First look: Microsoft Azure Active Directory Domain Services puts it all in the cloud

Here's a look at some of the ins and outs of a cloud-based method for making sure your apps have full Active Directory services -- and then some

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Next up, you will need to either create a new virtual network or select an existing virtual network. This network has to be in the U.S. or Asia Azure regions. (These are the only geographic locales that the preview supports; of course, this feature will likely be available globally when the code comes out of the preview phase).

I'll walk you through creating a new virtual network.

First, from the left side of the Azure management portal, choose Networks, enter a name, pick a region and then just accept the defaults.

Azure Active Directory new virtnetwork slide3

Next up, we need to enable the domain services aspect of Azure Active Directory. From the left pane of the Azure management console, click on Active Directory again, select the directory you want (again, probably the Default Directory listing), and then click the Configure tab. Scroll down to the Domain Services section and under "Enable domain servicers for this directory," click Yes.

Enter the DNS domain name you want to use -- you can either use the one provided by Microsoft or type over that and enter your own -- and then select the virtual network to use. Click the Save button.

Azure Active Directory enable domain svcs slide4

It will take a little while as the service trundles behind the scenes. The domain is actually being created; when it's ready, an IP address will pop up -- it could take as long as 30 minutes -- followed by another IP address up to another half hour later.

At that point, you need to go back to your virtual network page and pop those two IP addresses in as DNS servers for that network, just as you would configure your local clients to use your domain controllers as DNS servers.

Azure Active Directory setting dnsservers slide5

You might be wondering exactly how this cloud AD instance is architected. Right now the service creates a flat, single organizational unit structure. Group Policy is layered on top by creating a single Group Policy Object (GPO) for the user container and another single GPO for the computer's container.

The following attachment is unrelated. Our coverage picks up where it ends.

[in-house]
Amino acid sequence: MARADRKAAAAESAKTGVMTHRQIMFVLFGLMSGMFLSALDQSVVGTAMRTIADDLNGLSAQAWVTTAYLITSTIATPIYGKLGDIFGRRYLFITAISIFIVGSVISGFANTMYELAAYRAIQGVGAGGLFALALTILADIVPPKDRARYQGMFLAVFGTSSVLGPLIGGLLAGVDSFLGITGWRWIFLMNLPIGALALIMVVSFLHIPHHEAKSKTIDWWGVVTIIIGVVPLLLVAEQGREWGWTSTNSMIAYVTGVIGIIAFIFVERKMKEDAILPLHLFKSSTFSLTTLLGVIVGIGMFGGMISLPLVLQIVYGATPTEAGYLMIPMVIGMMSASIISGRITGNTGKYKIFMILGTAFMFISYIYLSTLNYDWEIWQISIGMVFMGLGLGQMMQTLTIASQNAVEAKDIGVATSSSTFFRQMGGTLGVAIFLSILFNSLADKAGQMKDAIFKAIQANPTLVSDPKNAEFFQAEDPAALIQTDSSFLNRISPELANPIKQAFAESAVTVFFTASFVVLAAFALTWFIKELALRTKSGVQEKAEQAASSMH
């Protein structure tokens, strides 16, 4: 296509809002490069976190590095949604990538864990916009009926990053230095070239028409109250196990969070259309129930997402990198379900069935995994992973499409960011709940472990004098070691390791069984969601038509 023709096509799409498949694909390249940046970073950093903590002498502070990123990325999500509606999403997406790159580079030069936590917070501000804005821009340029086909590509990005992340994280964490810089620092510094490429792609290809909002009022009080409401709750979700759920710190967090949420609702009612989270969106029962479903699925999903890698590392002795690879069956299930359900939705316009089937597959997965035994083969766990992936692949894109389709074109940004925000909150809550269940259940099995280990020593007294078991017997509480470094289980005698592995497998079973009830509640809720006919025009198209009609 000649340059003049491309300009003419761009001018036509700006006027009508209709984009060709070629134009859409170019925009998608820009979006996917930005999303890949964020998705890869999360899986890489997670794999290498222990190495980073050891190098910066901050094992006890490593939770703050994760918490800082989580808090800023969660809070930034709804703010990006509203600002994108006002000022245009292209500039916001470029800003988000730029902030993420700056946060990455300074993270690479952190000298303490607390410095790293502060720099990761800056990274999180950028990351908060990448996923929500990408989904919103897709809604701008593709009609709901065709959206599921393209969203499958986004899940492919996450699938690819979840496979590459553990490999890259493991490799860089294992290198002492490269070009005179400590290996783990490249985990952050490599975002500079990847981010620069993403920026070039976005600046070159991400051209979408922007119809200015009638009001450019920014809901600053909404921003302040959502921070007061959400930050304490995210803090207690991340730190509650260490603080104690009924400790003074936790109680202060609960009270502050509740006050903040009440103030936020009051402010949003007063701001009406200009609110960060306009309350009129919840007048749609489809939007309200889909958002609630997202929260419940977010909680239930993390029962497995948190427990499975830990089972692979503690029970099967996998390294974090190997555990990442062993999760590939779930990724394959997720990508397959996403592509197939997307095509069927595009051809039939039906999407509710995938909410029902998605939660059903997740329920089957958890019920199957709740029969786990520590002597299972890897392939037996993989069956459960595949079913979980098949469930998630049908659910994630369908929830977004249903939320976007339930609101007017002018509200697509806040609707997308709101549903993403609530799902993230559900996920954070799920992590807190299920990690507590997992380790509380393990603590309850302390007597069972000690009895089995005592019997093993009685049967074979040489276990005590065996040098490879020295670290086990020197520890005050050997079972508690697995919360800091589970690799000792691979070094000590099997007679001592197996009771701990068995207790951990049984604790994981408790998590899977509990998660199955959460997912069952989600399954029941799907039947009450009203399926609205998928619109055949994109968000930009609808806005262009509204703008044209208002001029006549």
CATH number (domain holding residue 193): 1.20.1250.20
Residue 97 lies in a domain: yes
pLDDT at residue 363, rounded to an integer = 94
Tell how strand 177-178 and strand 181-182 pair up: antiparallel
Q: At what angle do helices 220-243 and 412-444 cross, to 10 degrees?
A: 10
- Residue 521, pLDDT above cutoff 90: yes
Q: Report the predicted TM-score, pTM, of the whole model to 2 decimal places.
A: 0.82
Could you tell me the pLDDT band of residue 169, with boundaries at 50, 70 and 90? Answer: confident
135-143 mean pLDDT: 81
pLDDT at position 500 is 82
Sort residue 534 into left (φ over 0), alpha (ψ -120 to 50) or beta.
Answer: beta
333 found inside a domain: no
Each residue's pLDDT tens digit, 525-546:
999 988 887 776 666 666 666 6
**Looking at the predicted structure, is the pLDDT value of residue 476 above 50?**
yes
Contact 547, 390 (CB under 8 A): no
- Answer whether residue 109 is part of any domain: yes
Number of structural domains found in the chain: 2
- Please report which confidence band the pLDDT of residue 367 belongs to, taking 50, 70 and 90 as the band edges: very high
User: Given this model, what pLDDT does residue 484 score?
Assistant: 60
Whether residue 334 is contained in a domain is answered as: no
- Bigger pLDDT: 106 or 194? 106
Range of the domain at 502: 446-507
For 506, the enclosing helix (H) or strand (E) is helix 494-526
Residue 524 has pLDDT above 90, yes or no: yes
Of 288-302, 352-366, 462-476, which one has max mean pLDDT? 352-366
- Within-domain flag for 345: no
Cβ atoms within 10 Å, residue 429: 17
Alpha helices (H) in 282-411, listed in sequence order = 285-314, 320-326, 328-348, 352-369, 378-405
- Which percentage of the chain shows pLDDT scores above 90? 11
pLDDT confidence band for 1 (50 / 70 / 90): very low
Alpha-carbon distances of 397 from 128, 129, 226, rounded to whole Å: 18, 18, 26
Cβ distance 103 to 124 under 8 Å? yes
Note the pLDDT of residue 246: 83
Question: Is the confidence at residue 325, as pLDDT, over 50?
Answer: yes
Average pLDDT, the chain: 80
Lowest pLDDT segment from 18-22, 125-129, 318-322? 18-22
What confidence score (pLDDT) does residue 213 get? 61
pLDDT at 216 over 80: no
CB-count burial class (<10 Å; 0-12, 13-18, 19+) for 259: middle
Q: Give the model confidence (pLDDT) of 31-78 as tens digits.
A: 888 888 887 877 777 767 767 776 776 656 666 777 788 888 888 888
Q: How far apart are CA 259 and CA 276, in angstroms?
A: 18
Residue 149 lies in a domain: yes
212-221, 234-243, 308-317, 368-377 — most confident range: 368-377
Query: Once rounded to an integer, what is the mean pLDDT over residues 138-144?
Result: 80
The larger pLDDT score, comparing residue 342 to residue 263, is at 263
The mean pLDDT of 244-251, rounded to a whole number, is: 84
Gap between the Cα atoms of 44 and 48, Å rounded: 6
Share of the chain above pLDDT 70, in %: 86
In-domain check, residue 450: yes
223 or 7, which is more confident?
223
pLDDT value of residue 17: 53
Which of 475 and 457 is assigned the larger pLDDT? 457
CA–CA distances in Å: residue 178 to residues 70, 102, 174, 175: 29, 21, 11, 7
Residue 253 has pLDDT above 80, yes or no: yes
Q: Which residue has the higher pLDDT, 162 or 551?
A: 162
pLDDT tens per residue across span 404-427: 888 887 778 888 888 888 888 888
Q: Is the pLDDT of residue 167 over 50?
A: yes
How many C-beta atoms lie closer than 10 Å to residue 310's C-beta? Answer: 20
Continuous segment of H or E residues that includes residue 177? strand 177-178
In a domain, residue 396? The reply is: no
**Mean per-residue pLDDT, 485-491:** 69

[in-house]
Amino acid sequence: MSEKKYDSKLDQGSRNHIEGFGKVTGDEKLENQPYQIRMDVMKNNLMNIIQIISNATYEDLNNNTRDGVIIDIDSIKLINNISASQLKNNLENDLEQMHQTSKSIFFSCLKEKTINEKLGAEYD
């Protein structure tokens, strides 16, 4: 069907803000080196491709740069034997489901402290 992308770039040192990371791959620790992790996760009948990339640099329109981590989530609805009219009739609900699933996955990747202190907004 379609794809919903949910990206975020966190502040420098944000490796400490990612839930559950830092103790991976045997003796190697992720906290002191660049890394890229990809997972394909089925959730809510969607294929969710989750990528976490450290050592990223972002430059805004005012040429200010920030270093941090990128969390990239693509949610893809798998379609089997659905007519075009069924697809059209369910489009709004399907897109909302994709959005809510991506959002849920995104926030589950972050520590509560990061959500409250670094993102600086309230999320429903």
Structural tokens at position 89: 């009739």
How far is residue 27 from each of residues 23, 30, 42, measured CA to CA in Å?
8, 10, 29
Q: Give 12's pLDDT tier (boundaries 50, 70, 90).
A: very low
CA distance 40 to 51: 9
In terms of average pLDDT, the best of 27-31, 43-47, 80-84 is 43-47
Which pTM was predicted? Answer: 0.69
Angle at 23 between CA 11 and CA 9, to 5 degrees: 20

You can edit the policy settings of each of these two GPOs, but you cannot create more, and you cannot target users or computers more finely via security trimming or Windows Management Instrumentation filtering. That's the extent of the service for now, although it is fairly easy to envision how each of these subfeatures will be extended in future versions of Azure AD Domain Services.

Finally, you need to set up the actual credentials of users with the directory. Upon creation, the directory has no hashes (the protected credentials) for users, so those will need to be synced over to the directory. If you are an organization that only uses Azure in the cloud and you don't have anything local to sync, then this is fairly simple: You just instruct the users to go to Azure AD at and change their existing Azure passwords. This will cause a hash to be generated (now that Domain Services is active on that particular directory), and Bob's your uncle.

Most of us, though, have existing on-premises Active Directory deployments, so the setup is a little more involved. We will need to use Azure AD Connect, the third-generation sync and connection product that connects your data center with Azure's services.

Azure AD Connect needs to be installed on your on-premises network on a domain-joined machine. Here is the basic procedure:

    • Install Azure AD Connect.
    • Create the following registry key and set its value to 1:




Import-Module adsync

$c = Get-ADSyncConnector -Name $adConnector

$p = New-Object


"Microsoft.Synchronize.ForceFullPasswordSync", String, ConnectorGlobal, $null, $null, $null

$p.Value = 1



$c = Add-ADSyncConnector -Connector $c

Set-ADSyncAADPasswordSyncConfiguration -SourceConnector $adConnector -TargetConnector $azureadConnector -Enable $false

Set-ADSyncAADPasswordSyncConfiguration -SourceConnector $adConnector -TargetConnector $azureadConnector -Enable $true


As with everything, there is a cost. Right now, Azure Active Directory Domain Services is a nickel per hour, or $438 a year for a directory that has 5,000 objects, 20 cents per hour or $1,752 a year for 5,001 to 25,000 objects, and $4.09 per hour or $3,504 a year for up to 100,000 objects in the directory.

Essentially, from a cash-flow perspective, the 100,000-object directory service is the cost of a couple of new servers per year, if not less, depending on your usage and directory object count. These objects are users, computers or groups within the directory -- anything that is listed in the directory counts against this limit.

The last word

I personally think Azure AD Domain Services is a milestone for a number of reasons. Active Directory is available in the cloud as a managed service. The appeal of infrastructure as a service is greater, now that I can outsource the directory plumbing. And a future where I don’t have to deal with domain controllers is nearer and nearer. This is an interesting feature to watch, and it’s worth a look today if you are at all invested in Azure.

This story, "First look: Microsoft Azure Active Directory Domain Services puts it all in the cloud" was originally published by Computerworld.

Copyright © 2015 IDG Communications, Inc.

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